Police assigned to schools — known as school resource officers, or SROs — should deal only with violations of the law.
No, SROs should also be mentors to children — as well as counselors and role models.
Those two divergent points of view were among dozens of topics touched on Tuesday night at the University of South Carolina School of Law, as a panel of scholars sketched academic contexts to the ongoing conversation about the role police officers assigned full time to schools should play.
The subject has been a lively topic in South Carolina since last October, when an SRO at Spring Valley High School in Richland 2 lifted a student out of a chair and flipped her across a classroom during a teacher-student confrontation. The incident was captured on another student’s cellphone video and went viral around the nation, triggering the officer’s firing.
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Tuesday night, the discussion ranged far and wide, centering on race (the student was African-American, the officer was white), student discipline, what SROs do, how to teach behavior modification techniques to both teachers and students, confrontation de-escalation strategies and a host of related topics. The idea that an SRO is also supposed to be a first responder to a mass shooter school situation, as at Columbine, was also touched on.
Christine Christle, an associate professor in USC’s department of educational psychology, warned the 100 or so people present of the cost of not constructively dealing with problem students.
“Why should we care?” Christle asked, displaying a cartoon of a car with two bumper stickers on it. One sticker said, “My son goes to Penn State.” The second sticker said, “My other son is in the State pen.”
The cost of a year at Penn State is $60,000, while the average cost of incarcerating a youth in South Carolina is $155,000 a year, Christle said.
Describing a path educators call the “school to prison pipeline,” Christle said it often begins when a student is disruptive and is suspended. Often, a student is disruptive because they are failing academically, she said, but being suspended only causes the student to fall farther behind academically.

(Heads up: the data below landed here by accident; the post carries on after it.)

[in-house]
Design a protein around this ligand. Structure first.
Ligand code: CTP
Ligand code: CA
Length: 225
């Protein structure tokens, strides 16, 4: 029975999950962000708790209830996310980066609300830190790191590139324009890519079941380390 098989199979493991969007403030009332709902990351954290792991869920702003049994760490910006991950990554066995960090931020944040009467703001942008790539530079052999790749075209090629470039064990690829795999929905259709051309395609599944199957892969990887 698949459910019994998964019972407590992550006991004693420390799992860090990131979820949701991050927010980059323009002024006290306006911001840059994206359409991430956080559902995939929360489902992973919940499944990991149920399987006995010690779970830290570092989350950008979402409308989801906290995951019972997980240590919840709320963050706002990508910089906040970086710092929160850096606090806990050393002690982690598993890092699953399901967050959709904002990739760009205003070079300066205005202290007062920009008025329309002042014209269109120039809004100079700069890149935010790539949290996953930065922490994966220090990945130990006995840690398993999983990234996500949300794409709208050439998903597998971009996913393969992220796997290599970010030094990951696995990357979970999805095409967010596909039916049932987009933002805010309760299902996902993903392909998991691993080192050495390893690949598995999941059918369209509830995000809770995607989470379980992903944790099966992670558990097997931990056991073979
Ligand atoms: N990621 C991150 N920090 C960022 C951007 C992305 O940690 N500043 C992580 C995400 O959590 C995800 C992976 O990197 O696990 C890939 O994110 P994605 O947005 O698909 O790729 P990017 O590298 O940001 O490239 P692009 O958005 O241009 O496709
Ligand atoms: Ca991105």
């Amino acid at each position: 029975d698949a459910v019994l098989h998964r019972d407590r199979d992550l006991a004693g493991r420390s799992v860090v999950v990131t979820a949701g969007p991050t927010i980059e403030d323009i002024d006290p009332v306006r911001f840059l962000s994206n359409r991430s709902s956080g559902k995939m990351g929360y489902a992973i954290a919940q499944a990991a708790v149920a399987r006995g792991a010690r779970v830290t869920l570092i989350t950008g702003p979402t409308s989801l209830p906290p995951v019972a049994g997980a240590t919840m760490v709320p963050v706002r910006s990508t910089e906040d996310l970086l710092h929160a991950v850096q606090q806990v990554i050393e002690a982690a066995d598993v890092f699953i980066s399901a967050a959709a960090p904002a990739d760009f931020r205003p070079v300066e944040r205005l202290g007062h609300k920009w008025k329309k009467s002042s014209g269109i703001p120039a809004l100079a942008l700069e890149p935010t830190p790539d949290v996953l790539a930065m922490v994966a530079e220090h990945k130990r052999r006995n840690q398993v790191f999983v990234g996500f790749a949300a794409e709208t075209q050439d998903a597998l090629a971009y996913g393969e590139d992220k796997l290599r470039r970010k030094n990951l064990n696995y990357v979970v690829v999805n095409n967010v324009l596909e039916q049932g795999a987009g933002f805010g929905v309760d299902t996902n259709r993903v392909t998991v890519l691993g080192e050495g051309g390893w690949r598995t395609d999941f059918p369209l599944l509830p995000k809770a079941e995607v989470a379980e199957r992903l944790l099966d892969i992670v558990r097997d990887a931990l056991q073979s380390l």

Students who are suspended often drop out of school, and dropping out of school is often a precursor to getting in trouble with the law and being sent to prison, she said.
“We need to keep kids in school because suspending them doesn’t do anybody any good,” Christle said.
Dealing with a problem student means not just dealing with them, but the student’s family, the school environment and the student’s community, she said.
Josh Gupta-Kagan, a USC law professor who specializes in legal issues affecting children, told the audience that, although, it was positive that a legal memorandum of understanding governed what Richland 2’s SROs were responsible for, the language was susceptible to two interpretations.
On one hand, the memorandum says SROs shall not function as school disciplinarians. On the other, it says in the event of “a violation of the law,” the SRO can be called upon to act.
“It’s language like that that can get us into trouble,” Gupta-Kagan said, explaining that under a broadly worded South Carolina criminal law, someone who disrupts a class can be charged with a misdemeanor crime.
Also, sharp racial disparities exist in enforcing the school disturbance law, Gupta-Kagan said. From 2006 to 2009 (the latest years available), some 75 percent of all criminal charges brought against students were brought against African-Americans, who make up only about one-third of the population, he said.
Seth Stoughton, law professor and former police officer, said SROs should not be involved in student discipline matters.
In potentially confrontational situations, de-escalation strategies are key, Stoughton said.
Police have to master what Stoughton described as the “soft touch role,” or “earning cooperation and not demanding compliance.”
For example, instead of shouting at a student to obey, an action almost certain to trigger an equal reaction in the student, Stoughton said an SRO should use a tactic such as kneeling down and saying something like, “Listen, you look like you’re having a really bad day. Why don’t you come to my office and let’s talk about it. You’re not having a good time in here, so let me help you get back on track.”
James Manning, Richland 2 board chair, was in the audience. He said the district is increasingly spending money on a range of services and programs aimed at getting children ready to learn.
“We have to take care of the whole child,” Manning said. Meanwhile, the Legislature is increasing pressure on school districts in other areas, ever requiring new courses on matters such as domestic violence and civics, he said.
Afterward, Richland 2 superintendent Debbie Hamm said the session was productive. “It’s good to hear things from the academic point of view. A lot of it is much more difficult when the rubber starts to hit the road.”
In any case, Hamm said, this district had already begun programs to foster a better learning environment when last October’s Spring Valley High incident happened. Since then, those programs have gotten heightened emphasis, she said.